An American Editor

May 3, 2011

Do You Reread Novels?

I recently wrote that most novel readers do not reread novels. One commenter challenged that assertion as odd, as she often rereads novels, even rereading some of them multiple times. So let’s do an admittedly unscientific poll of An American Editor readers.

Here are a few guidelines to keep in mind when answering the questions.

  • First, this is limited to fiction in the novel form. Poetry, short stories, and other forms of fiction that are not book-length novels should not be considered when you decide on your responses.
  • Second, think about rereading over your entire adult reading life, not just in recent years. I’m excluding childhood and teen years because I think many of us did reread novels in those years. For example, my children read, for example, Dr. Seuss’ Green Eggs and Ham, and my neighbor’s children read Rowling’s Harry Potter books multiple times. I remember reading the Hardy Boys and Tom Swift novels multiple times in my youth.
  • Third, the questions need to be considered broadly. By that I mean if you have read 1,000 novels over your adult reading lifetime and have reread only a dozen of those novels, then you should consider yourself as not being a rereader and answer the first question no. I suspect all of us have a few novels that we have reread, such as Tolkien’s Lord of the Rings or Lee’s To Kill a Mockingbird. To be considered a rereader, the percentage of novels that you reread should be a significant portion of the total number of novels you have read during your adult reading life.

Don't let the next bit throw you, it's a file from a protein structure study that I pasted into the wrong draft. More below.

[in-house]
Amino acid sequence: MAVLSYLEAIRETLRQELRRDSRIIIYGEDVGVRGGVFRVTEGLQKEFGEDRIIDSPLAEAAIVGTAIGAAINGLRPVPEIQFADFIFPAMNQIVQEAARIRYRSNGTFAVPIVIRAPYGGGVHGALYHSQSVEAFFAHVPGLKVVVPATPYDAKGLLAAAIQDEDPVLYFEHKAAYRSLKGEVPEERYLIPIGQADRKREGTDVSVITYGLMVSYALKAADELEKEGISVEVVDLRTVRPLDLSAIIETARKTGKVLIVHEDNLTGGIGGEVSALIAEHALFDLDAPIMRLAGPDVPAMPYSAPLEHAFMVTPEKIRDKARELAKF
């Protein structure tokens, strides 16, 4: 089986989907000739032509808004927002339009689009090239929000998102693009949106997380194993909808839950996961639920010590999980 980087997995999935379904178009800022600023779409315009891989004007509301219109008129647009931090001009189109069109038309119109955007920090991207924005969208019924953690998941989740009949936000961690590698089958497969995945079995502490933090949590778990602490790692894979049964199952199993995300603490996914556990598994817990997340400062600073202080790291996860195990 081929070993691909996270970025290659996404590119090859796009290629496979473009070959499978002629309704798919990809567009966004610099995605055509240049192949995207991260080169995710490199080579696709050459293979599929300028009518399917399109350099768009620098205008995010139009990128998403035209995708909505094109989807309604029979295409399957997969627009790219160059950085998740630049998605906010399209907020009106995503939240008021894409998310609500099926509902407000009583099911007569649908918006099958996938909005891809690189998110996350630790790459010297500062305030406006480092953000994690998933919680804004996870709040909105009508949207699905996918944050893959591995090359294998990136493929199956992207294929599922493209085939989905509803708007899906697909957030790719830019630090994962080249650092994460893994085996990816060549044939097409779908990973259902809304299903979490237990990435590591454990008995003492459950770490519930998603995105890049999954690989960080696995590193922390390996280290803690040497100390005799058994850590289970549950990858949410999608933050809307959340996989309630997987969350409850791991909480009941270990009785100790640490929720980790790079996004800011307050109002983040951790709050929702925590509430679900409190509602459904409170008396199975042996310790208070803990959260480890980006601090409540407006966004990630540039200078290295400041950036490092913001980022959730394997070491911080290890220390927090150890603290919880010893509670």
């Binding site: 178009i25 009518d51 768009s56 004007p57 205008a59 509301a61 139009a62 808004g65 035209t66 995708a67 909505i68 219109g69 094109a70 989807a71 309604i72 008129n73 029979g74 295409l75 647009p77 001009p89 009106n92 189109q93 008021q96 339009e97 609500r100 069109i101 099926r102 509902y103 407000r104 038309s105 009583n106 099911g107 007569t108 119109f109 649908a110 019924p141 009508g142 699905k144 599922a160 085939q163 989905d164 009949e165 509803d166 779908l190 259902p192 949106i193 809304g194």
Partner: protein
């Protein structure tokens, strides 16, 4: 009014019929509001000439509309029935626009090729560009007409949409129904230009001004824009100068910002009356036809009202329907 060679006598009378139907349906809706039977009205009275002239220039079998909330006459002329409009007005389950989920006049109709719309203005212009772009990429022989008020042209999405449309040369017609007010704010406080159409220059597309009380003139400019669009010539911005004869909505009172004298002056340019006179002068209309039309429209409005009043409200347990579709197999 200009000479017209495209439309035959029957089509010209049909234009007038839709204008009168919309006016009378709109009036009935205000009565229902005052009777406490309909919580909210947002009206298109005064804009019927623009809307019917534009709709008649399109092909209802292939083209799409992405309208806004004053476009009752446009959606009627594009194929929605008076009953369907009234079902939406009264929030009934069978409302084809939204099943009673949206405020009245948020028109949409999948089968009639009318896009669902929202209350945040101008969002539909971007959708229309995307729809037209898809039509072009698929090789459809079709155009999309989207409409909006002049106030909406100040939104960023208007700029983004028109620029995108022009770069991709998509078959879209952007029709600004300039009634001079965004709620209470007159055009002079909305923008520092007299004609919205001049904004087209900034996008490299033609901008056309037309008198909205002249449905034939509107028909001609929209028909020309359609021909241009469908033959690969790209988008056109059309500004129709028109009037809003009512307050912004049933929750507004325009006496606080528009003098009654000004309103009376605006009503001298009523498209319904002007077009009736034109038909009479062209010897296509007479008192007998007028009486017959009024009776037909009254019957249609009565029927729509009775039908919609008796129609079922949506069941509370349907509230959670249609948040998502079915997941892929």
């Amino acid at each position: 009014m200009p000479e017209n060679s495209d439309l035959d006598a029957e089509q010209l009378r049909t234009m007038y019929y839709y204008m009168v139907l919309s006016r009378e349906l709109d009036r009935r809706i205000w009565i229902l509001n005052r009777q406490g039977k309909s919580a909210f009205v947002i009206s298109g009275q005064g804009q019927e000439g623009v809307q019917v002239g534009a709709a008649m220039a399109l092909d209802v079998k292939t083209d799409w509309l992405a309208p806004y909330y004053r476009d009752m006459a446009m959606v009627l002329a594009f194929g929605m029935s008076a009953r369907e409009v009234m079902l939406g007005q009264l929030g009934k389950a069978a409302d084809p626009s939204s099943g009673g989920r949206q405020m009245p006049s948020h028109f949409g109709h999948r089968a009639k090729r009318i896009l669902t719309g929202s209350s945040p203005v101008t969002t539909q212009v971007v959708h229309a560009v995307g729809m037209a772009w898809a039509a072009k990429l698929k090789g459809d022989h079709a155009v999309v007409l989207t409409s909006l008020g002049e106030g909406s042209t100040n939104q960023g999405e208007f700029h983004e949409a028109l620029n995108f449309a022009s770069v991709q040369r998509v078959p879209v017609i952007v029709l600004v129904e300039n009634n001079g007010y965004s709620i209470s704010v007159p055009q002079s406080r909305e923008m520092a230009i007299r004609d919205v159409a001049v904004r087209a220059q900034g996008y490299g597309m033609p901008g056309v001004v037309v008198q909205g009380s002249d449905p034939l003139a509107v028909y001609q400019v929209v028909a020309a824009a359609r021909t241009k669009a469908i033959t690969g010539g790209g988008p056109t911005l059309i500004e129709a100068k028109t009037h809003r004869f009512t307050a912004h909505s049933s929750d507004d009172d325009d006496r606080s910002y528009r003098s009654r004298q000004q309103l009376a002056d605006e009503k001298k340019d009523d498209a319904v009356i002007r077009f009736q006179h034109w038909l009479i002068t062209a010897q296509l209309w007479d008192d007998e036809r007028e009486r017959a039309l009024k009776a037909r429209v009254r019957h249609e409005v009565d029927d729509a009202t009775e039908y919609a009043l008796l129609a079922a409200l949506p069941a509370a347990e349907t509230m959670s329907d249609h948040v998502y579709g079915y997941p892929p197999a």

Now, to the questions:


  1. There are many novels that I have read numerous times during my life, books such as the Good Soldier Schweik I have read at least 20 or 30 times, as well as most of Kafka’s work, which I have read dozens of times. Further, I also reread quite a few thrillers that for one reason or another appealed to me, these would be in the dozens as well.
    As I am 68 years old, and have been a fervent reader for most of those years, and have a collection of at least several thousand books, both paper and electronic, I can say that I have read an enormous number of books, and as I say, any that I particularly enjoyed or liked, I will often reread a number of times.


    Comment by Tony Cole — May 3, 2011 @ 5:13 am | Reply

  2. Normally I never re-read novels , but I have recently, one by mistake, as I got it out of the library and was twenty pages in until I realised it was familiar and one other because I loved the language. This probably applies to books read as a child, when we did re-read them, especially Treasure Island.
    I’m finally getting to grips with Blogging. I hope to get better – oldstick.


    Comment by oldstick — May 3, 2011 @ 6:46 am | Reply

  3. I love long books if I fall in love with the characters and the story pulls me in. I write long-ish books for today’s market: 100,000 words on average. So many publishers define a novel-length book at half that. The great thing about ebooks is that a skittish reader won’t turn up their nose because the book LOOKS too big.